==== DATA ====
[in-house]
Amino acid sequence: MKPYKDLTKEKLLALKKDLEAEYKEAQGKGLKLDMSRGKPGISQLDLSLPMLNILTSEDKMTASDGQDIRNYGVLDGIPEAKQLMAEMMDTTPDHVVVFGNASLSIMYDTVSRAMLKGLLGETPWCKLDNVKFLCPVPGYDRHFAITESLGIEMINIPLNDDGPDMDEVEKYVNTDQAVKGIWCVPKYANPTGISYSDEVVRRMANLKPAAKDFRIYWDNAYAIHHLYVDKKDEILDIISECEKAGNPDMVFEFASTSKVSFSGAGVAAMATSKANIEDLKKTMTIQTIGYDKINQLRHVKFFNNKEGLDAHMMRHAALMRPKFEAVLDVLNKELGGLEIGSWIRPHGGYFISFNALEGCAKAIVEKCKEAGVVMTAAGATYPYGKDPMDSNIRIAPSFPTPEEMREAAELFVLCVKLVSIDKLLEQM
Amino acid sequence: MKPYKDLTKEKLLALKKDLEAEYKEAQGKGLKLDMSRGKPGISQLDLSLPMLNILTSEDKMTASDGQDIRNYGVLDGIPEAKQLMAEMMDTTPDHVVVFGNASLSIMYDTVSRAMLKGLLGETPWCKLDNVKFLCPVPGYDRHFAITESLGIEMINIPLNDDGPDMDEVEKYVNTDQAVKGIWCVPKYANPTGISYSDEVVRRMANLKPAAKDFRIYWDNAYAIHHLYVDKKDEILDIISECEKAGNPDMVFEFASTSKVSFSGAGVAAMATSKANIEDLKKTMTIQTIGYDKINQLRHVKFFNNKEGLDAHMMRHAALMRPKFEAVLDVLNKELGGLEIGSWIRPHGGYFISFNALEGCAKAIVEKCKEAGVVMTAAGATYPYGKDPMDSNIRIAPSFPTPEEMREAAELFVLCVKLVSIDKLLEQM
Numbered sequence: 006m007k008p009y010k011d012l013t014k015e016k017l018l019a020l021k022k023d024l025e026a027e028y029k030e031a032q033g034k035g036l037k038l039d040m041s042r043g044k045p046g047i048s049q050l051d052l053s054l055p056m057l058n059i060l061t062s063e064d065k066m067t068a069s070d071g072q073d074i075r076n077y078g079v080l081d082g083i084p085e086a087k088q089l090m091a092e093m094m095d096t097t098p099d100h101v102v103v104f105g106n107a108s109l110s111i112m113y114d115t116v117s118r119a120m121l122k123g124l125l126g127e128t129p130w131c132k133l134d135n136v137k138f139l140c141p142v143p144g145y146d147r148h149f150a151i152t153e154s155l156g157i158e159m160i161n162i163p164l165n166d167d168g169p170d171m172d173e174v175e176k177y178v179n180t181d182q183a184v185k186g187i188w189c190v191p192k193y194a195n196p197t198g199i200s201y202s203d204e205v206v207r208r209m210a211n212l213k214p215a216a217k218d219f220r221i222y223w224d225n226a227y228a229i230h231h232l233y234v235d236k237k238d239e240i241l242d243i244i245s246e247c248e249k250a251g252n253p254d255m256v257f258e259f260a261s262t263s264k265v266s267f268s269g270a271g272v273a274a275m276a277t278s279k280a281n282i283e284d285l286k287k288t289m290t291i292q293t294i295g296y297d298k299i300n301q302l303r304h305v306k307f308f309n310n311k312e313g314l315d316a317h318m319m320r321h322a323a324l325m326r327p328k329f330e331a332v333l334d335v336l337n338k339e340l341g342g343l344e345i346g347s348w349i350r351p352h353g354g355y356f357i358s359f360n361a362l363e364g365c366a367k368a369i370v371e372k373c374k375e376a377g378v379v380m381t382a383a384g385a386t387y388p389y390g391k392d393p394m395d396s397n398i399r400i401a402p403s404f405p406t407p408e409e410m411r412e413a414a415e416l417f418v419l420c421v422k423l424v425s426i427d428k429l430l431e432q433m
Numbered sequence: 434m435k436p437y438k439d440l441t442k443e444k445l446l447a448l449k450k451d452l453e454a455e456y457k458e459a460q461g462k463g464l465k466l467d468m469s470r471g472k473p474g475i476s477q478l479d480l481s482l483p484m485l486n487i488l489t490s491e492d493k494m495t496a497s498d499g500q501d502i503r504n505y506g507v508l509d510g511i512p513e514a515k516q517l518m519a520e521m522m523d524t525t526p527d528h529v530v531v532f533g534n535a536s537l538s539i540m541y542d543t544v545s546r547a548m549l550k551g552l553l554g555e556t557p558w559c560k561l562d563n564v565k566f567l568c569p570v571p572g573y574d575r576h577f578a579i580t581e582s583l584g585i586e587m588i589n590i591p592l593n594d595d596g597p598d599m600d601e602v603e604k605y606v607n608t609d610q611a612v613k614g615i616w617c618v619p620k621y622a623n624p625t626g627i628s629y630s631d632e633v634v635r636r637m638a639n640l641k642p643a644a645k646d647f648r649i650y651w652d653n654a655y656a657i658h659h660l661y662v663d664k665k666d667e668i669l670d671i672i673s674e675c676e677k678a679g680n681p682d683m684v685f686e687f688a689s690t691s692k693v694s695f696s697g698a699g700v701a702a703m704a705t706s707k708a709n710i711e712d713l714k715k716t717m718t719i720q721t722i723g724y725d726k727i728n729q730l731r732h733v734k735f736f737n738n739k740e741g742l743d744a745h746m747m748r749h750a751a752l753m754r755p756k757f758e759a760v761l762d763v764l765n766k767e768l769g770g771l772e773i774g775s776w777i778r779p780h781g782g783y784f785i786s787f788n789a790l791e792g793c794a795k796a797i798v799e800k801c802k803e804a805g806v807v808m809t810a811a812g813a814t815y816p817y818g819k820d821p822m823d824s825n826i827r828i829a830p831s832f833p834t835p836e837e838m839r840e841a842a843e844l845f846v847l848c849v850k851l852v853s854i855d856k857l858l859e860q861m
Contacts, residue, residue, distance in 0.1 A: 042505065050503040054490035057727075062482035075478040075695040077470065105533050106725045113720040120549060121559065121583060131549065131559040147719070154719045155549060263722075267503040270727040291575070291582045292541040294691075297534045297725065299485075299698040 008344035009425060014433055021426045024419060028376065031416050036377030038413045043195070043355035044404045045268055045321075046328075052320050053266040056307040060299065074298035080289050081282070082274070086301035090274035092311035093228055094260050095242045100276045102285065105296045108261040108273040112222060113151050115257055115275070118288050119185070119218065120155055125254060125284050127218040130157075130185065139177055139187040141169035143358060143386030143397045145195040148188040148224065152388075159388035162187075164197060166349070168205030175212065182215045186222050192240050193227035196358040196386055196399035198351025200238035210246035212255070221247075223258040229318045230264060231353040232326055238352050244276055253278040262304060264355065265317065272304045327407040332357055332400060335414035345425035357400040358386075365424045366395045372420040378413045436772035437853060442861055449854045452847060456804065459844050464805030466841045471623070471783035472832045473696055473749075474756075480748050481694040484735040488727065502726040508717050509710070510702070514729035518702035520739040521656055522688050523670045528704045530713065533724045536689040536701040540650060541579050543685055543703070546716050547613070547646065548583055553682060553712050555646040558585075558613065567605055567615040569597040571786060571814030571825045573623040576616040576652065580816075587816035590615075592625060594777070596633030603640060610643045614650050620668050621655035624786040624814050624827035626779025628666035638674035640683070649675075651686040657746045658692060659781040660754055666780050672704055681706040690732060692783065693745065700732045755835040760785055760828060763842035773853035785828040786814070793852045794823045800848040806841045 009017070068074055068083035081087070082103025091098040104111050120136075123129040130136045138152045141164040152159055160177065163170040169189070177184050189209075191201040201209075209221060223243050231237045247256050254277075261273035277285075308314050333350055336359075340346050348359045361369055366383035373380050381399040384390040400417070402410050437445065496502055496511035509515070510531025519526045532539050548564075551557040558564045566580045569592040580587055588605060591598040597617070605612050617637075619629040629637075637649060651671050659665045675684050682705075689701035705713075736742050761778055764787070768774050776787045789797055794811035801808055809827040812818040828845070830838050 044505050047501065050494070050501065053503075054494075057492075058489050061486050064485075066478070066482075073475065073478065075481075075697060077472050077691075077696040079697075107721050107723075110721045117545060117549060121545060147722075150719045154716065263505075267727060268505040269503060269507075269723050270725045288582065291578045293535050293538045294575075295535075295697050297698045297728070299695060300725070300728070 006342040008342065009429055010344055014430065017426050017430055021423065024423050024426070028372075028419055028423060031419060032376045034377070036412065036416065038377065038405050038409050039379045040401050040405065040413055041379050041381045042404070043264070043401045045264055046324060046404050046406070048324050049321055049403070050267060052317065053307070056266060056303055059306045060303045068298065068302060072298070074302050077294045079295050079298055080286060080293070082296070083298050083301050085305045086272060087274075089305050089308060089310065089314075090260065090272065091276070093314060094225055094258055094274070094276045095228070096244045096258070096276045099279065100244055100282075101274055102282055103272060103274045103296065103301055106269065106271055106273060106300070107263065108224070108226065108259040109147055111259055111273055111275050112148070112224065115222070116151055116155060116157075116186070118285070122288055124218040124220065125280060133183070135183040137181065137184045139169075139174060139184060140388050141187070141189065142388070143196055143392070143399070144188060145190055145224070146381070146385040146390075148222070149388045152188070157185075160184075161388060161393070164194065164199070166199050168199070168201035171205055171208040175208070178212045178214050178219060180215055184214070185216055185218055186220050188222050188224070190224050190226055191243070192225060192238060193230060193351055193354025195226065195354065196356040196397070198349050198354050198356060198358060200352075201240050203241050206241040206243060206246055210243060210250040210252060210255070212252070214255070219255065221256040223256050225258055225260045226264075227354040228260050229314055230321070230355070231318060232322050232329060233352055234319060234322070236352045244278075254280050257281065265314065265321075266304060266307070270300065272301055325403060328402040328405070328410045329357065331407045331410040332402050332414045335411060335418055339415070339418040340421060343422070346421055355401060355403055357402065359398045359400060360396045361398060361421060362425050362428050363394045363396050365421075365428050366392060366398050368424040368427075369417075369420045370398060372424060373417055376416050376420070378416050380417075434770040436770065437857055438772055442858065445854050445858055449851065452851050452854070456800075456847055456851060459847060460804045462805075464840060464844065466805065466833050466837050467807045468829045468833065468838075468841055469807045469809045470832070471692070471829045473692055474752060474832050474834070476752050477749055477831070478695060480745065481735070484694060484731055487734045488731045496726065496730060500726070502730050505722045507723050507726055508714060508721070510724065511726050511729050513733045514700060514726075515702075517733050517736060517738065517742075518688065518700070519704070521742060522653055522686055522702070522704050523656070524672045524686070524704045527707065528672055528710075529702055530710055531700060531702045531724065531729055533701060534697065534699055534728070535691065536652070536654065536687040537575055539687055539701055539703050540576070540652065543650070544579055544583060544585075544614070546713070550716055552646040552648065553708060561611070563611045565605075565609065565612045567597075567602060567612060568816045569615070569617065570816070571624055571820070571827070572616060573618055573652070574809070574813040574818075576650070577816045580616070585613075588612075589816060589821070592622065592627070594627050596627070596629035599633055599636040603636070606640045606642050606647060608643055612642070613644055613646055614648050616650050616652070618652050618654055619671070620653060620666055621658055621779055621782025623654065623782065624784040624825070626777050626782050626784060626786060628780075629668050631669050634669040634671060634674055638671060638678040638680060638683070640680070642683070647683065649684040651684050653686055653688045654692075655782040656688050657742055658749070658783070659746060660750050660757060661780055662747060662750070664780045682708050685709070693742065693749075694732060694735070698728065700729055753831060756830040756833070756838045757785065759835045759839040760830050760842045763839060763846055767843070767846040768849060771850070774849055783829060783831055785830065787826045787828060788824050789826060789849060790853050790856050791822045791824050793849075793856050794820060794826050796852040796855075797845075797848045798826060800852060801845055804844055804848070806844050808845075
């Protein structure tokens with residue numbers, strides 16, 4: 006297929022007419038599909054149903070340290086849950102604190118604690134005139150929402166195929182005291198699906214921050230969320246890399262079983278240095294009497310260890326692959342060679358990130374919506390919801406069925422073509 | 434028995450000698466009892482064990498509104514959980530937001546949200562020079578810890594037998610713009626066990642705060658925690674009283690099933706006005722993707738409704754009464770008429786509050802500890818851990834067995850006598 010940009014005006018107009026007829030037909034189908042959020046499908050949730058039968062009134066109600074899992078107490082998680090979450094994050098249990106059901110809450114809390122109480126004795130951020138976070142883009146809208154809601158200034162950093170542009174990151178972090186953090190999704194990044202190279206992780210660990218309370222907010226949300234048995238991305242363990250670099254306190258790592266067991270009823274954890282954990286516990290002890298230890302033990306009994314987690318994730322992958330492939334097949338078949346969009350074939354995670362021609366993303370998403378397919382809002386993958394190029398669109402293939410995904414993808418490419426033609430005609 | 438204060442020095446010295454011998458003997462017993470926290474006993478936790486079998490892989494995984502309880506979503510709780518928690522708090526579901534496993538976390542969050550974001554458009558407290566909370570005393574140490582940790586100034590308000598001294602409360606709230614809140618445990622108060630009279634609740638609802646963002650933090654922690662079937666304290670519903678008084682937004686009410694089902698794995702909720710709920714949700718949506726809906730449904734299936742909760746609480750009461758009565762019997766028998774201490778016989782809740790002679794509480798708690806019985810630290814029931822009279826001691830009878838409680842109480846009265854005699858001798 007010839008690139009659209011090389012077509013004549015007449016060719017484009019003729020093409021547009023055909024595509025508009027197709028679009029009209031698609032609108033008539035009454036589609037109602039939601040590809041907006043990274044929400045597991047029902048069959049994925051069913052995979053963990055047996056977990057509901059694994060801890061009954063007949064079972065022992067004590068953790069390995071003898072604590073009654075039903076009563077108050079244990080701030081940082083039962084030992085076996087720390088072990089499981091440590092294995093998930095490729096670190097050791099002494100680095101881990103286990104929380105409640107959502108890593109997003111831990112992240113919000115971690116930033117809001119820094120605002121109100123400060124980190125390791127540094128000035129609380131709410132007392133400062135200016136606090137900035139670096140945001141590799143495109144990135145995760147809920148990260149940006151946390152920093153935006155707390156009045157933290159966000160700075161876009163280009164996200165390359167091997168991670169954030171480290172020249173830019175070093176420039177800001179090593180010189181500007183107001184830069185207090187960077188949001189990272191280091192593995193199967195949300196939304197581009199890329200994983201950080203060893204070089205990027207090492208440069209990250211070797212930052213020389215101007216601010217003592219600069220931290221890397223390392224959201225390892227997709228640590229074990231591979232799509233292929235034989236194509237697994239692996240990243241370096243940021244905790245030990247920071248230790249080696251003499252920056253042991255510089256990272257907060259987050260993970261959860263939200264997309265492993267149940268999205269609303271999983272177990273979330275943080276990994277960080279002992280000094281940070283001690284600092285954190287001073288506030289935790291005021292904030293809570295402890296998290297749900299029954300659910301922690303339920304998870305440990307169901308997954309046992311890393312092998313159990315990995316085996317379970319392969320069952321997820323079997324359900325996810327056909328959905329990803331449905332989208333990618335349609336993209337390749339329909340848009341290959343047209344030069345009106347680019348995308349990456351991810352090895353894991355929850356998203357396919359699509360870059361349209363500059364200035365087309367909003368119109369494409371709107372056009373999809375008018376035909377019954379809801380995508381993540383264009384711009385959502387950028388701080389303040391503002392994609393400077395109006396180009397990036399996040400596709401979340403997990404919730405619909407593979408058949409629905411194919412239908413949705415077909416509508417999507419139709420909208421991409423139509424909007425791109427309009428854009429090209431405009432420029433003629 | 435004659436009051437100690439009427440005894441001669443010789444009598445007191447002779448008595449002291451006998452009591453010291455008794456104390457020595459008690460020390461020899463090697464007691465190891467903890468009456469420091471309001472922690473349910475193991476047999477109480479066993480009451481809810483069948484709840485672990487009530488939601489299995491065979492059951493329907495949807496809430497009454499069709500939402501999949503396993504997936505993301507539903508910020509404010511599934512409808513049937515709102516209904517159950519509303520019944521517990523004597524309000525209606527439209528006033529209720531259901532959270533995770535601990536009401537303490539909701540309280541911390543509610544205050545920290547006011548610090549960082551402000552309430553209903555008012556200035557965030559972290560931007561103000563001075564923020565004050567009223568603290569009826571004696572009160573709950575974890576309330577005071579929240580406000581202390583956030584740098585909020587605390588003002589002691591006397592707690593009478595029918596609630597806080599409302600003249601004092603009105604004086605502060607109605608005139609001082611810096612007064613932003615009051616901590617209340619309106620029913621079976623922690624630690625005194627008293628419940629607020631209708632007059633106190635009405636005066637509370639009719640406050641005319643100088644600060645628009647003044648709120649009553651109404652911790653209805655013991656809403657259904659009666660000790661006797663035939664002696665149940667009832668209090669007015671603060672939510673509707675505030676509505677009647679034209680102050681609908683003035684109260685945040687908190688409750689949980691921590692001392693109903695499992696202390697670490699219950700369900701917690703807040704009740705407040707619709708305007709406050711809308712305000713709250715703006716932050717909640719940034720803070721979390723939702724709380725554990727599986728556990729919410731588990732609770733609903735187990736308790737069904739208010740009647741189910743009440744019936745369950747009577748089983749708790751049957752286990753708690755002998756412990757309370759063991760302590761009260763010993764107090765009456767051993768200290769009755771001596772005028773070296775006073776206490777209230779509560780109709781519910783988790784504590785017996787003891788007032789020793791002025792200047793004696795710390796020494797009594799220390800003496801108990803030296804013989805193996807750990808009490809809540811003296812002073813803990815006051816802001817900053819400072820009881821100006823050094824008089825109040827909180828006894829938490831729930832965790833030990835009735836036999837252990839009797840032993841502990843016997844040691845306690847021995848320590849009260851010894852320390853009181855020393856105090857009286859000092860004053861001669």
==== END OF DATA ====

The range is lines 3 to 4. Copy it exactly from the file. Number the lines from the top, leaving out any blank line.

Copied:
Amino acid sequence: MKPYKDLTKEKLLALKKDLEAEYKEAQGKGLKLDMSRGKPGISQLDLSLPMLNILTSEDKMTASDGQDIRNYGVLDGIPEAKQLMAEMMDTTPDHVVVFGNASLSIMYDTVSRAMLKGLLGETPWCKLDNVKFLCPVPGYDRHFAITESLGIEMINIPLNDDGPDMDEVEKYVNTDQAVKGIWCVPKYANPTGISYSDEVVRRMANLKPAAKDFRIYWDNAYAIHHLYVDKKDEILDIISECEKAGNPDMVFEFASTSKVSFSGAGVAAMATSKANIEDLKKTMTIQTIGYDKINQLRHVKFFNNKEGLDAHMMRHAALMRPKFEAVLDVLNKELGGLEIGSWIRPHGGYFISFNALEGCAKAIVEKCKEAGVVMTAAGATYPYGKDPMDSNIRIAPSFPTPEEMREAAELFVLCVKLVSIDKLLEQM
Numbered sequence: 006m007k008p009y010k011d012l013t014k015e016k017l018l019a020l021k022k023d024l025e026a027e028y029k030e031a032q033g034k035g036l037k038l039d040m041s042r043g044k045p046g047i048s049q050l051d052l053s054l055p056m057l058n059i060l061t062s063e064d065k066m067t068a069s070d071g072q073d074i075r076n077y078g079v080l081d082g083i084p085e086a087k088q089l090m091a092e093m094m095d096t097t098p099d100h101v102v103v104f105g106n107a108s109l110s111i112m113y114d115t116v117s118r119a120m121l122k123g124l125l126g127e128t129p130w131c132k133l134d135n136v137k138f139l140c141p142v143p144g145y146d147r148h149f150a151i152t153e154s155l156g157i158e159m160i161n162i163p164l165n166d167d168g169p170d171m172d173e174v175e176k177y178v179n180t181d182q183a184v185k186g187i188w189c190v191p192k193y194a195n196p197t198g199i200s201y202s203d204e205v206v207r208r209m210a211n212l213k214p215a216a217k218d219f220r221i222y223w224d225n226a227y228a229i230h231h232l233y234v235d236k237k238d239e240i241l242d243i244i245s246e247c248e249k250a251g252n253p254d255m256v257f258e259f260a261s262t263s264k265v266s267f268s269g270a271g272v273a274a275m276a277t278s279k280a281n282i283e284d285l286k287k288t289m290t291i292q293t294i295g296y297d298k299i300n301q302l303r304h305v306k307f308f309n310n311k312e313g314l315d316a317h318m319m320r321h322a323a324l325m326r327p328k329f330e331a332v333l334d335v336l337n338k339e340l341g342g343l344e345i346g347s348w349i350r351p352h353g354g355y356f357i358s359f360n361a362l363e364g365c366a367k368a369i370v371e372k373c374k375e376a377g378v379v380m381t382a383a384g385a386t387y388p389y390g391k392d393p394m395d396s397n398i399r400i401a402p403s404f405p406t407p408e409e410m411r412e413a414a415e416l417f418v419l420c421v422k423l424v425s426i427d428k429l430l431e432q433m